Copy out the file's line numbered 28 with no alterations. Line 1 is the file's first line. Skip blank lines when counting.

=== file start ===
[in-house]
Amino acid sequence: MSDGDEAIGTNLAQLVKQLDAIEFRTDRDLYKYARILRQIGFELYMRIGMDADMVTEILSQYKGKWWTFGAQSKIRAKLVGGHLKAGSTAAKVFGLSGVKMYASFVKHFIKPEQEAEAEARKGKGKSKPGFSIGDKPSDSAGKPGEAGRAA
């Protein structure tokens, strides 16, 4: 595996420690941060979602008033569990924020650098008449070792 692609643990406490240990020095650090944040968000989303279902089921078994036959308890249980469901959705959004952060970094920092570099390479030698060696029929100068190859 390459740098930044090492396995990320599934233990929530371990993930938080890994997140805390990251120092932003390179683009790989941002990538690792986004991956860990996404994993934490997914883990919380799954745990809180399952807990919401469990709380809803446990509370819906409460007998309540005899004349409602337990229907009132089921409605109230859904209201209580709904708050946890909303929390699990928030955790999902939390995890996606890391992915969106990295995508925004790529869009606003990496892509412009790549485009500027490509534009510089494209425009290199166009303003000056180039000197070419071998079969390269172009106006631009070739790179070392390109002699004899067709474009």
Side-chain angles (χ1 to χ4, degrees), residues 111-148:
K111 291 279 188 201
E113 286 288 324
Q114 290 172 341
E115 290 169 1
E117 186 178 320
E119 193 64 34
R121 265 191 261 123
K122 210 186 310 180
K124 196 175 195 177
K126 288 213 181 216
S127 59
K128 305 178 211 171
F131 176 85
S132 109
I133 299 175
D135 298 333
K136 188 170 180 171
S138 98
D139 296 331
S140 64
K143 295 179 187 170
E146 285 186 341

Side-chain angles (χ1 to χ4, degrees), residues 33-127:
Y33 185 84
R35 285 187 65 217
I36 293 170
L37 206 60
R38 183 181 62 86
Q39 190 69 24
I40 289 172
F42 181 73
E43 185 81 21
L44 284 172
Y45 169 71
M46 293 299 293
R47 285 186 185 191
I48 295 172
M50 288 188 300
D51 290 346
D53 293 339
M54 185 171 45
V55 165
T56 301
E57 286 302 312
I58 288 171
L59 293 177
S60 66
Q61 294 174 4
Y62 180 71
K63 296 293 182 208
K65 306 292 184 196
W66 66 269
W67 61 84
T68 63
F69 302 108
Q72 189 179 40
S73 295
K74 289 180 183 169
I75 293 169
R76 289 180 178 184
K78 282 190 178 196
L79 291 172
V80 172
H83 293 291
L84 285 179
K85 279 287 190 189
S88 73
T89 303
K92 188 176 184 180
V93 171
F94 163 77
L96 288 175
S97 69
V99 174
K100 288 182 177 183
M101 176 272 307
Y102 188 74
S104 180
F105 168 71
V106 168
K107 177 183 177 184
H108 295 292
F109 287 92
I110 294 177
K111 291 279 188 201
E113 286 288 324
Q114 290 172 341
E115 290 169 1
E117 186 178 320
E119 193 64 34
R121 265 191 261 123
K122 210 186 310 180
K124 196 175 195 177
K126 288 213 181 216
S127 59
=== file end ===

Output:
Y33 185 84